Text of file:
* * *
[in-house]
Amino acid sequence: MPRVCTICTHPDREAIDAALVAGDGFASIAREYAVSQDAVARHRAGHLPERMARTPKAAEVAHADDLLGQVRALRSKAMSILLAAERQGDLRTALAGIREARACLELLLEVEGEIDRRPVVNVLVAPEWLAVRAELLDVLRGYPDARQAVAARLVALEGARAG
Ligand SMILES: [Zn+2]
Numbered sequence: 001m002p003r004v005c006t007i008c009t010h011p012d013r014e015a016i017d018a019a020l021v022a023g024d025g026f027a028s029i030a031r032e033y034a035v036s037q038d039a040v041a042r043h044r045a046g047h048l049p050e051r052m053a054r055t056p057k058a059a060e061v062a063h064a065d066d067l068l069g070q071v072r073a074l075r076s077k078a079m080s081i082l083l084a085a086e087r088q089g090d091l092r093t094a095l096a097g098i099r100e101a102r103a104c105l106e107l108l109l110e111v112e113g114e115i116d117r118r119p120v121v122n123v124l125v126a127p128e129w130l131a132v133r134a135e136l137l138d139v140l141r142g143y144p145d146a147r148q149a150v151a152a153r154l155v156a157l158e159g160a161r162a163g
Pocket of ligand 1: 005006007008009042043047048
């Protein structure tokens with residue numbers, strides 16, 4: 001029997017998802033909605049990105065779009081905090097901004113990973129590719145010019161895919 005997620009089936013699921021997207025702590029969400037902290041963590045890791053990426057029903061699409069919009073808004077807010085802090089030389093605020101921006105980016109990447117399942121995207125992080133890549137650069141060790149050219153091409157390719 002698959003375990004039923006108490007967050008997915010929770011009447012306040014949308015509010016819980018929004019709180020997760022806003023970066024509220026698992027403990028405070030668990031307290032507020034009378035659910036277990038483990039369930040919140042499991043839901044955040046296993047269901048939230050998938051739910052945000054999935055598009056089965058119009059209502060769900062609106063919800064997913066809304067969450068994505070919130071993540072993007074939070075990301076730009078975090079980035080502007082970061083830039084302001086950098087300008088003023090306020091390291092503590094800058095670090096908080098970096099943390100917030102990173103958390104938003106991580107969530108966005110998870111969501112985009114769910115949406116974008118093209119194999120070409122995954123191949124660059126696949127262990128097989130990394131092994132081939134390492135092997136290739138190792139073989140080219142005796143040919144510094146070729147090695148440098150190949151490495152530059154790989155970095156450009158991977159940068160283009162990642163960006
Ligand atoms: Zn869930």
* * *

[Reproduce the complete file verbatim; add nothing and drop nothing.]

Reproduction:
[in-house]
Amino acid sequence: MPRVCTICTHPDREAIDAALVAGDGFASIAREYAVSQDAVARHRAGHLPERMARTPKAAEVAHADDLLGQVRALRSKAMSILLAAERQGDLRTALAGIREARACLELLLEVEGEIDRRPVVNVLVAPEWLAVRAELLDVLRGYPDARQAVAARLVALEGARAG
Ligand SMILES: [Zn+2]
Numbered sequence: 001m002p003r004v005c006t007i008c009t010h011p012d013r014e015a016i017d018a019a020l021v022a023g024d025g026f027a028s029i030a031r032e033y034a035v036s037q038d039a040v041a042r043h044r045a046g047h048l049p050e051r052m053a054r055t056p057k058a059a060e061v062a063h064a065d066d067l068l069g070q071v072r073a074l075r076s077k078a079m080s081i082l083l084a085a086e087r088q089g090d091l092r093t094a095l096a097g098i099r100e101a102r103a104c105l106e107l108l109l110e111v112e113g114e115i116d117r118r119p120v121v122n123v124l125v126a127p128e129w130l131a132v133r134a135e136l137l138d139v140l141r142g143y144p145d146a147r148q149a150v151a152a153r154l155v156a157l158e159g160a161r162a163g
Pocket of ligand 1: 005006007008009042043047048
């Protein structure tokens with residue numbers, strides 16, 4: 001029997017998802033909605049990105065779009081905090097901004113990973129590719145010019161895919 005997620009089936013699921021997207025702590029969400037902290041963590045890791053990426057029903061699409069919009073808004077807010085802090089030389093605020101921006105980016109990447117399942121995207125992080133890549137650069141060790149050219153091409157390719 002698959003375990004039923006108490007967050008997915010929770011009447012306040014949308015509010016819980018929004019709180020997760022806003023970066024509220026698992027403990028405070030668990031307290032507020034009378035659910036277990038483990039369930040919140042499991043839901044955040046296993047269901048939230050998938051739910052945000054999935055598009056089965058119009059209502060769900062609106063919800064997913066809304067969450068994505070919130071993540072993007074939070075990301076730009078975090079980035080502007082970061083830039084302001086950098087300008088003023090306020091390291092503590094800058095670090096908080098970096099943390100917030102990173103958390104938003106991580107969530108966005110998870111969501112985009114769910115949406116974008118093209119194999120070409122995954123191949124660059126696949127262990128097989130990394131092994132081939134390492135092997136290739138190792139073989140080219142005796143040919144510094146070729147090695148440098150190949151490495152530059154790989155970095156450009158991977159940068160283009162990642163960006
Ligand atoms: Zn869930």